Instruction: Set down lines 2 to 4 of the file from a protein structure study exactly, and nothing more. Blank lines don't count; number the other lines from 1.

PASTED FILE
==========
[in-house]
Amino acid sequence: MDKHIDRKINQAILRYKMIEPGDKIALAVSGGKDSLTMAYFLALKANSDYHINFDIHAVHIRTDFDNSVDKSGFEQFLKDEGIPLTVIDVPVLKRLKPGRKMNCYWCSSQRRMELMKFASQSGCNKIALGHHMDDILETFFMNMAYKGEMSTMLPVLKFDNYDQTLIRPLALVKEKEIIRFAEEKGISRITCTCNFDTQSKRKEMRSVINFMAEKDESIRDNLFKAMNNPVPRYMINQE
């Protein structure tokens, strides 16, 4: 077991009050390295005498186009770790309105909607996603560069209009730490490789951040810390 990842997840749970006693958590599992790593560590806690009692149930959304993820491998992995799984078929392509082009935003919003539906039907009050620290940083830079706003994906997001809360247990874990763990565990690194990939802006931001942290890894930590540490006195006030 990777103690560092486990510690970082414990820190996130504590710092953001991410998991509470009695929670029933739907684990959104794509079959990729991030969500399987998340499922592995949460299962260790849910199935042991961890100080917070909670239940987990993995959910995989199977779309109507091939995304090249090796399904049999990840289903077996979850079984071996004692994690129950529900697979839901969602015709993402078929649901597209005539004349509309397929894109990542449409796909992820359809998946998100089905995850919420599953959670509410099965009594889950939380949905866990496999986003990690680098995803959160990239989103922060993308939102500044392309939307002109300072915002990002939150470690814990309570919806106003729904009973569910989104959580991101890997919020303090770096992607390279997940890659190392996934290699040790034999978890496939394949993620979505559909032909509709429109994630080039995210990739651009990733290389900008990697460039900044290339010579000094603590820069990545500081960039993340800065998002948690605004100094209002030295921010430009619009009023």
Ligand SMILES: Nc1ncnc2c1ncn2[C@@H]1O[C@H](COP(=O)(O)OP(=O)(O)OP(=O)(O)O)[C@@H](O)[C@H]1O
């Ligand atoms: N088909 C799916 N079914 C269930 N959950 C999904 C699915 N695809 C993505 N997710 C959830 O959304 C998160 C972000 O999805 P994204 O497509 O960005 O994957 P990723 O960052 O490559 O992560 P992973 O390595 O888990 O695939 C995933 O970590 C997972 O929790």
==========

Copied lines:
Amino acid sequence: MDKHIDRKINQAILRYKMIEPGDKIALAVSGGKDSLTMAYFLALKANSDYHINFDIHAVHIRTDFDNSVDKSGFEQFLKDEGIPLTVIDVPVLKRLKPGRKMNCYWCSSQRRMELMKFASQSGCNKIALGHHMDDILETFFMNMAYKGEMSTMLPVLKFDNYDQTLIRPLALVKEKEIIRFAEEKGISRITCTCNFDTQSKRKEMRSVINFMAEKDESIRDNLFKAMNNPVPRYMINQE
């Protein structure tokens, strides 16, 4: 077991009050390295005498186009770790309105909607996603560069209009730490490789951040810390 990842997840749970006693958590599992790593560590806690009692149930959304993820491998992995799984078929392509082009935003919003539906039907009050620290940083830079706003994906997001809360247990874990763990565990690194990939802006931001942290890894930590540490006195006030 990777103690560092486990510690970082414990820190996130504590710092953001991410998991509470009695929670029933739907684990959104794509079959990729991030969500399987998340499922592995949460299962260790849910199935042991961890100080917070909670239940987990993995959910995989199977779309109507091939995304090249090796399904049999990840289903077996979850079984071996004692994690129950529900697979839901969602015709993402078929649901597209005539004349509309397929894109990542449409796909992820359809998946998100089905995850919420599953959670509410099965009594889950939380949905866990496999986003990690680098995803959160990239989103922060993308939102500044392309939307002109300072915002990002939150470690814990309570919806106003729904009973569910989104959580991101890997919020303090770096992607390279997940890659190392996934290699040790034999978890496939394949993620979505559909032909509709429109994630080039995210990739651009990733290389900008990697460039900044290339010579000094603590820069990545500081960039993340800065998002948690605004100094209002030295921010430009619009009023």
Ligand SMILES: Nc1ncnc2c1ncn2[C@@H]1O[C@H](COP(=O)(O)OP(=O)(O)OP(=O)(O)O)[C@@H](O)[C@H]1O